The Task Force will provide insight on how to better prevent, treat and manage chronic pain
TORONTO, April 3, 2019 /CNW/ - Approximately one in five Canadians currently experiences chronic pain. Chronic pain has significant impacts on an individual's physical and mental health, often preventing them from undertaking everyday activities.
Today, the Honourable Ginette Petitpas Taylor, Minister of Health, announced the establishment of the Canadian Pain Task Force at the Canadian Pain Society's 40th Annual Scientific Meeting in Toronto. The Canadian Pain Task Force will help the Government of Canada to address the barriers that may prevent people with chronic pain from receiving the health services they need.
The Minister committed to exploring options for the creation of a national pain task force following a roundtable discussion on chronic pain with clinicians, researchers and people living with chronic pain at the 2018 Opioid Symposium in Toronto. During the discussion, members of the chronic pain community shared the long-standing challenges they face related to stigma and access to treatment. They also emphasized that the response to the opioid crisis was exacerbating these challenges, by contributing to stigmatizing attitudes and behaviours around opioid prescribing and use, and inconsistencies in access to treatment services.
The eight-member Task Force includes advocates who have lived experience with chronic pain, as well as researchers and health providers who have experience preventing and managing pain. Dr. Fiona Campbell, President of the Canadian Pain Society and Anesthesiologist at the Hospital for Sick Children in Toronto, and Ms. Maria Hudspith, founding Executive Director of Pain BC, will co-chair the group. They will work with an independent advisory panel and will consult with stakeholders and governments across the country over the course of the next three years to:
- Assess how chronic pain is currently addressed in Canada;
- Identify best practices to prevent and manage chronic pain; and
- Disseminate their findings to facilitate the implementation of these practices across the country.
The Task Force will submit three reports to Health Canada to reflect each of these three objectives, with the first report due in June 2019.
Other federal government departments and agencies are also engaged in this work and interested in the advice and evidence that the Task Force will provide, including the Canadian Institutes of Health Research, the Public Health Agency of Canada, Indigenous Services Canada and Veterans Affairs Canada for which funding was announced in Budget 2019 to set up a Centre of Excellence on Chronic Pain Research for veterans.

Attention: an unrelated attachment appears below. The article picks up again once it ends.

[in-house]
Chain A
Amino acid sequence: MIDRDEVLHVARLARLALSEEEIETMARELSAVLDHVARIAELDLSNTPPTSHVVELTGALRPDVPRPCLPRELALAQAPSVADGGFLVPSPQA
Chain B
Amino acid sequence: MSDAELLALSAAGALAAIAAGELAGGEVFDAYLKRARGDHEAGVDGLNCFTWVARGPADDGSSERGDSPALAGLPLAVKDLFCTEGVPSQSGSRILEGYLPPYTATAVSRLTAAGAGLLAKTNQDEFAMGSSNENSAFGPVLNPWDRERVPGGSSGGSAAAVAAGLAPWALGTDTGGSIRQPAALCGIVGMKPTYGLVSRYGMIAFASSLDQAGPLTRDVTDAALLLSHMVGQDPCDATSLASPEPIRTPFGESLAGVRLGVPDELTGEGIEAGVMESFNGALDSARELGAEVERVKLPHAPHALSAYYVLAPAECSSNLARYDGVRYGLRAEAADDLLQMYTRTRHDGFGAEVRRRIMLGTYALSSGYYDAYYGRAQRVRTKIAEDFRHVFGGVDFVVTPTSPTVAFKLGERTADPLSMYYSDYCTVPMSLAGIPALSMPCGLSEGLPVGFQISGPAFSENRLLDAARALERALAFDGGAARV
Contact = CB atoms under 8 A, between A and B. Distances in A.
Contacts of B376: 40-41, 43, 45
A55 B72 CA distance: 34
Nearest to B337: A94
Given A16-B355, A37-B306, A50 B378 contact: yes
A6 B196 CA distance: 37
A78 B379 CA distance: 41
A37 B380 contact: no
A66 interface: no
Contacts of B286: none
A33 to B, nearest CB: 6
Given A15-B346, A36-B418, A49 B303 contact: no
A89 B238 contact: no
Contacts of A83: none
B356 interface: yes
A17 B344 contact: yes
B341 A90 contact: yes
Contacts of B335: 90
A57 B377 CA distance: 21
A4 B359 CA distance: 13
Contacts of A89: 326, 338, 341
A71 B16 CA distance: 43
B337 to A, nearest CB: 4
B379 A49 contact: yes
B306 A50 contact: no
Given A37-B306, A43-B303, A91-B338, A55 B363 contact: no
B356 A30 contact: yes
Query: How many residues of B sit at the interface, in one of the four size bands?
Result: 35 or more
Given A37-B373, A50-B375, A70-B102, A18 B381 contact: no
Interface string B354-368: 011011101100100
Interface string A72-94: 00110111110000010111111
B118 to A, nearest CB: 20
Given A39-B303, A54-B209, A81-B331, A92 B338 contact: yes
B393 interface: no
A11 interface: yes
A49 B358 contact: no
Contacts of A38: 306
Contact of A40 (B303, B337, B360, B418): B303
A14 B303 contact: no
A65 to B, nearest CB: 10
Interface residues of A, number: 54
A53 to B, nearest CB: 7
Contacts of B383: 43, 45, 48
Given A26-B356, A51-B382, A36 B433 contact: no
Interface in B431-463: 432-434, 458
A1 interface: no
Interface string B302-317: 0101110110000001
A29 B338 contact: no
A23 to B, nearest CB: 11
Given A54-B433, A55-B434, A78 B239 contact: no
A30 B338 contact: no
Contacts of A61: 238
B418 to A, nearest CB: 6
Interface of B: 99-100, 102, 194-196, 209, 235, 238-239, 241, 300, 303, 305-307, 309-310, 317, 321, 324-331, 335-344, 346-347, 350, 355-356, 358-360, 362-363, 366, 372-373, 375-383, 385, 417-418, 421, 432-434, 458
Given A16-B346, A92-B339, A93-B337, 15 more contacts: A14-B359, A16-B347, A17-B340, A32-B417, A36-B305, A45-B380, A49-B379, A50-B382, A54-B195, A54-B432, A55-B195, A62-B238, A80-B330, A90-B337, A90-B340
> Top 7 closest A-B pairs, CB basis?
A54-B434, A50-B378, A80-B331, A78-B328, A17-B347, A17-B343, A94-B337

The creation of this Task Force is an important step toward addressing the concerns and challenges faced by people who live with chronic pain and toward improving health outcomes for Canadians. By bringing together health providers, pain researchers, and individuals living with chronic pain and their families and caregivers, Health Canada aims to promote greater understanding and awareness of the issues related to chronic pain management in Canada.
"Chronic pain is a real and significant health issue affecting the physical and mental health and well-being of millions of Canadians. Through the Canadian Pain Task Force, we hope to learn more about the impacts that chronic pain has on individuals and within specific communities, and to identify and share best practices that will improve the prevention and management of chronic pain in Canada."
The Honourable Ginette Petitpas Taylor
Minister of Health
"Having dedicated my career to passionately preventing and treating pain, I am delighted to have been invited by Health Canada to co-chair the Canadian Pain Task Force. We are honoured to have this opportunity to help improve the quality of life for people who have significant pain, to learn more about and share best practices, and to address the concerns of all who are close to this issue."
Dr. Fiona Campbell
President, Canadian Pain Society
Director, Chronic Pain Program, Department of Anesthesia and Pain Medicine, Hospital for Sick Children
"As a long-standing advocate for those who live with chronic pain, I am honoured to be asked to co-chair the Canadian Pain Task Force. Through the creation of the Task Force and its mandate, Health Canada has taken an important step towards advancing solutions for the prevention and management of chronic pain in Canada."
Ms. Maria Hudspith
Executive Director, Pain BC
- Chronic pain is defined as pain that lasts three months or more. It can occur after major trauma, in association with diseases such as arthritis, or as a result of inadequately treated acute pain after surgery. Chronic pain can also be a disease in its own right. It can be present without a known cause or source.
- Chronic pain causes a significant burden on the Canadian economy, with an estimated $43 to $60 billion per year in direct health care costs and lost productivity related to job loss and sick days.
- Some Canadian populations, such as women, older Canadians, children, veterans and Indigenous populations are disproportionally affected by chronic pain and face unique challenges accessing services to best manage their pain.
- The various forms of chronic pain can be complex to manage, often requiring multiple approaches that incorporate pharmacological, physical and psychological strategies.
- From 2013 to 2018, the Government of Canada invested more than $88 million in pain research through the Canadian Institutes of Health Research.
Terms of Reference
SOURCE Health Canada
For further information: Contacts, Thierry Bélair, Office of Ginette Petitpas Taylor, Minister of Health, 613-957-0200; Media Relations, Health Canada, 613-957-2983, email@example.com; Public Inquiries: 613-957-2991, 1-866-225-0709